10 things you should know before filing bankruptcy

Think bankruptcy is the solution to all of your debt? Here are the pros and cons of filing as well as some alternatives to consider.

circumstances. Grundy and Johnson- Parker say they hold in-depth debt-assessment sessions with potential filers before they become clients. “I conduct a free initial consultation,” says Grundy, “during which I sit down with debtors and get a rough picture of their debt situation.” There is also a lot of explaining to do before the filing. “For instance, if you purchased a car, never made a payment and then filed for bankruptcy, you can bet that creditor is going to want that property back,” says Grundy.

After talking things over with clients, Grundy then lets them “go home and think over their decision. If they want to become our client, with an education bankruptrupcy and a list of the information we’ll need to file a petition for them. All the while it’s continuous counseling.”

7. DON’T SETTLE FOR JUST LEGAL ADVICE
Unfortunately, an attorney specializing in consumer bankruptcy may prod you to file even when there are alternatives. Our two examples at the beginning of this article, Kim and Keith, both paid a flat $700, a fair market price, for legal advice. Still, their attorneys failed to take the positive step of counseling them on whether to file. To avoid being railroaded into a bankruptcy filing you might well have avoided, call your local bar association for help in finding a reputable attorney. Depending on where you live in the U.S., expect to pay anywhere from $500-$1,200 for a basic Chapter 7 bankruptcy. But keep in mind that other factors may drag out the time the lawyer may spend on your case. For example, his or her efforts to fight off a creditor could mean extra billings above the basic fee. You should find out upfront what extra costs may be involved, and work with the lawyer to anticipate any extraordinary circumstances.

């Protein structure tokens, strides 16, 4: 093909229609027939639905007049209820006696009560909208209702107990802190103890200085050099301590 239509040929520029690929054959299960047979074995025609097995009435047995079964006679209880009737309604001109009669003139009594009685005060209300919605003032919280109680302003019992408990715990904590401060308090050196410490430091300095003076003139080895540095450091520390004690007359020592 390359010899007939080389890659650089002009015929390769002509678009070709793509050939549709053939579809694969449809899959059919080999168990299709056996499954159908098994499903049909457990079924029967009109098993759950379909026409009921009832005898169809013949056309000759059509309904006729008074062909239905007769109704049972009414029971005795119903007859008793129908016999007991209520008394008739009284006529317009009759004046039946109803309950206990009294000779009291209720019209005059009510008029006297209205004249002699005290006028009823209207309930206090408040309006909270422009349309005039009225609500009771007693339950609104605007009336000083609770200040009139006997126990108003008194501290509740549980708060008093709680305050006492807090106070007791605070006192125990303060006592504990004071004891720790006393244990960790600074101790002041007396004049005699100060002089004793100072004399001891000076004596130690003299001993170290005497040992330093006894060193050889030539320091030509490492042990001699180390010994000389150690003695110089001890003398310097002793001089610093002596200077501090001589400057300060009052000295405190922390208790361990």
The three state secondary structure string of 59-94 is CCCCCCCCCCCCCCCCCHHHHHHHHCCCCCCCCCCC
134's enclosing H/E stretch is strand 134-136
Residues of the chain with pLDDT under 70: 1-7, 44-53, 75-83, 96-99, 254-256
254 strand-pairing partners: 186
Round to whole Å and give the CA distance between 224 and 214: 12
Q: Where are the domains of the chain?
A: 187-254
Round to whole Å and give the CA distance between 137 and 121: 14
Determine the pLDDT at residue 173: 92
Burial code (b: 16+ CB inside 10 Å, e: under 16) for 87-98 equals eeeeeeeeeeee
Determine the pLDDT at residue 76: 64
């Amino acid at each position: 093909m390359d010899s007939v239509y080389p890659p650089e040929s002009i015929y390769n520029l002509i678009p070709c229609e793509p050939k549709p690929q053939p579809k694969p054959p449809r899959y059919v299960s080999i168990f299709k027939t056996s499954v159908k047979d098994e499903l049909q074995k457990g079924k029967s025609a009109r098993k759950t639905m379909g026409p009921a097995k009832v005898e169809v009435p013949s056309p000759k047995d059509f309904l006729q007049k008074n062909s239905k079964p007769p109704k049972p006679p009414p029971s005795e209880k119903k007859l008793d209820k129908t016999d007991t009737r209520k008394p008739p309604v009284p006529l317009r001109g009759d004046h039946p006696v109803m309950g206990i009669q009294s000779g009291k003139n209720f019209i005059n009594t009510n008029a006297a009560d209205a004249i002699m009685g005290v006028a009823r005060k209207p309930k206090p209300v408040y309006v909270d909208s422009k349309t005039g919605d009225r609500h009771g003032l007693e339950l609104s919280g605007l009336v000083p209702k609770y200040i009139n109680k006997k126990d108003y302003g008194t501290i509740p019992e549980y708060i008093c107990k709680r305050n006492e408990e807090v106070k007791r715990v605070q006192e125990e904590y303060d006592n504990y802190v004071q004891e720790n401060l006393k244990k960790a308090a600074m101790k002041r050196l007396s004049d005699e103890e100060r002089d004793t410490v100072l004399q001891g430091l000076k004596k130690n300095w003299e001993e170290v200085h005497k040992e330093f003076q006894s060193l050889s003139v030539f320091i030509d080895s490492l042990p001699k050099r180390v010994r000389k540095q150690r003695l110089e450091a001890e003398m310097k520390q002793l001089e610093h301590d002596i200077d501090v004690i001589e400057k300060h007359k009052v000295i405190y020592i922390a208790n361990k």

8. FILING IS CHEAPER THAN YOU THINK
If you’re concerned about the costs of a bankruptcy proceeding, you might seek out free or low-cost legal services. Filing for bankruptcy is your constitutional right, one that many organizations and city agencies help fund through programs they offer for those that qualify. “Bankruptcy is an option that’s always been there for people who can afford a lawyer. Now firms that provide pro bono services are seeing an increase in demand for such services,” says Julia Gordon, deputy director for the National Association for Public Interest Law in Washington, D.C.
To determine the kind of help you’ll need, contact a credit counselor through the National Foundation for Consumer Credit (800-388-2227). Another avenue is a service like Tele-Lawyer (800-835-3529), which lets you speak with a lawyer who specializes in your topic or situation. The cost is $3 a minute.

9. YOU CAN CANCEL YOUR FILING ANY TIME
Filing for bankruptcy is by no means an irrevocable act that binds you to a course of action, particularly if your circumstances change. Experts say you’ll have plenty of time to back out before your court date, even if you’ve already filed a petition. Putting a halt to the proceedings is simply a matter

Pages: 1 2 3 4 5 6
ACROSS THE WEB